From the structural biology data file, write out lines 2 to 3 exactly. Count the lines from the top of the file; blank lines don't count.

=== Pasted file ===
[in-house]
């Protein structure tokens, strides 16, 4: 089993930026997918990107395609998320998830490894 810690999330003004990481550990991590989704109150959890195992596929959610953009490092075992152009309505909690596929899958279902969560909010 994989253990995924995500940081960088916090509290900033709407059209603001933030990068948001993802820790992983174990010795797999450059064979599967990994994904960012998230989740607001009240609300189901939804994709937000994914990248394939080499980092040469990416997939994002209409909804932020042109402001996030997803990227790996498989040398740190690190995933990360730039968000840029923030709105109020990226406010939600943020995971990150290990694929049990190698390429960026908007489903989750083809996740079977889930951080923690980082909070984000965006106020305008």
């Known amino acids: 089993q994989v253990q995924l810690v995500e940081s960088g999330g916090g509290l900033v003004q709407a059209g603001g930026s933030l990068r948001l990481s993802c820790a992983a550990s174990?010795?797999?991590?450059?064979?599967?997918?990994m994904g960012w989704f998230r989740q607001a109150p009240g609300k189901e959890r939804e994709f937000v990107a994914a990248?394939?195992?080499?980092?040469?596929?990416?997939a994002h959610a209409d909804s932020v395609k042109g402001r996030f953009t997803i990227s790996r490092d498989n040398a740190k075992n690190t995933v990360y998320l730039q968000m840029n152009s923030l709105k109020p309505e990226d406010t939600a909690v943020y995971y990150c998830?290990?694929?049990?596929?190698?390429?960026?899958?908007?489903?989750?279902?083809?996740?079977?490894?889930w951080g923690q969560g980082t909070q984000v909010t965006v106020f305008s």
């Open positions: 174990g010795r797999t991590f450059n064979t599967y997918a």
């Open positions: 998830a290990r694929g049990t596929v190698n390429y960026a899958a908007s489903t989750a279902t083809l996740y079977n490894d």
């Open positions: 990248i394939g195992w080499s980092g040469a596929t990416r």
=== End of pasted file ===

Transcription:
């Protein structure tokens, strides 16, 4: 089993930026997918990107395609998320998830490894 810690999330003004990481550990991590989704109150959890195992596929959610953009490092075992152009309505909690596929899958279902969560909010 994989253990995924995500940081960088916090509290900033709407059209603001933030990068948001993802820790992983174990010795797999450059064979599967990994994904960012998230989740607001009240609300189901939804994709937000994914990248394939080499980092040469990416997939994002209409909804932020042109402001996030997803990227790996498989040398740190690190995933990360730039968000840029923030709105109020990226406010939600943020995971990150290990694929049990190698390429960026908007489903989750083809996740079977889930951080923690980082909070984000965006106020305008």
């Known amino acids: 089993q994989v253990q995924l810690v995500e940081s960088g999330g916090g509290l900033v003004q709407a059209g603001g930026s933030l990068r948001l990481s993802c820790a992983a550990s174990?010795?797999?991590?450059?064979?599967?997918?990994m994904g960012w989704f998230r989740q607001a109150p009240g609300k189901e959890r939804e994709f937000v990107a994914a990248?394939?195992?080499?980092?040469?596929?990416?997939a994002h959610a209409d909804s932020v395609k042109g402001r996030f953009t997803i990227s790996r490092d498989n040398a740190k075992n690190t995933v990360y998320l730039q968000m840029n152009s923030l709105k109020p309505e990226d406010t939600a909690v943020y995971y990150c998830?290990?694929?049990?596929?190698?390429?960026?899958?908007?489903?989750?279902?083809?996740?079977?490894?889930w951080g923690q969560g980082t909070q984000v909010t965006v106020f305008s």